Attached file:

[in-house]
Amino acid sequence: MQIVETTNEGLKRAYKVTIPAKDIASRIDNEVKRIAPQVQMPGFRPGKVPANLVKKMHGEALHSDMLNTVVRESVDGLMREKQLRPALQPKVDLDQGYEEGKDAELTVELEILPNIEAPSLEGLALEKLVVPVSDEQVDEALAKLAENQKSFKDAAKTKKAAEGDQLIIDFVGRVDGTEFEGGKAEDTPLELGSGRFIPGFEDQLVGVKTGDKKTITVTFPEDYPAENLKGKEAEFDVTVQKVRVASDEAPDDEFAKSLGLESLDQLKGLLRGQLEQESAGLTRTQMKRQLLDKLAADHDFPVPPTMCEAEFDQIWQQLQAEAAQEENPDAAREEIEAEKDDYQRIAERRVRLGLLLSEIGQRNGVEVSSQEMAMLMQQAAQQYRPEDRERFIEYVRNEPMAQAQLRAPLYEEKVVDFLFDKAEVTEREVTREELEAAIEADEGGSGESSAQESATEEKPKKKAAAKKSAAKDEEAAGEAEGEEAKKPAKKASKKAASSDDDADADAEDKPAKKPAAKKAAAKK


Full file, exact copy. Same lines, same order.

[in-house]
Amino acid sequence: MQIVETTNEGLKRAYKVTIPAKDIASRIDNEVKRIAPQVQMPGFRPGKVPANLVKKMHGEALHSDMLNTVVRESVDGLMREKQLRPALQPKVDLDQGYEEGKDAELTVELEILPNIEAPSLEGLALEKLVVPVSDEQVDEALAKLAENQKSFKDAAKTKKAAEGDQLIIDFVGRVDGTEFEGGKAEDTPLELGSGRFIPGFEDQLVGVKTGDKKTITVTFPEDYPAENLKGKEAEFDVTVQKVRVASDEAPDDEFAKSLGLESLDQLKGLLRGQLEQESAGLTRTQMKRQLLDKLAADHDFPVPPTMCEAEFDQIWQQLQAEAAQEENPDAAREEIEAEKDDYQRIAERRVRLGLLLSEIGQRNGVEVSSQEMAMLMQQAAQQYRPEDRERFIEYVRNEPMAQAQLRAPLYEEKVVDFLFDKAEVTEREVTREELEAAIEADEGGSGESSAQESATEEKPKKKAAAKKSAAKDEEAAGEAEGEEAKKPAKKASKKAASSDDDADADAEDKPAKKPAAKKAAAKK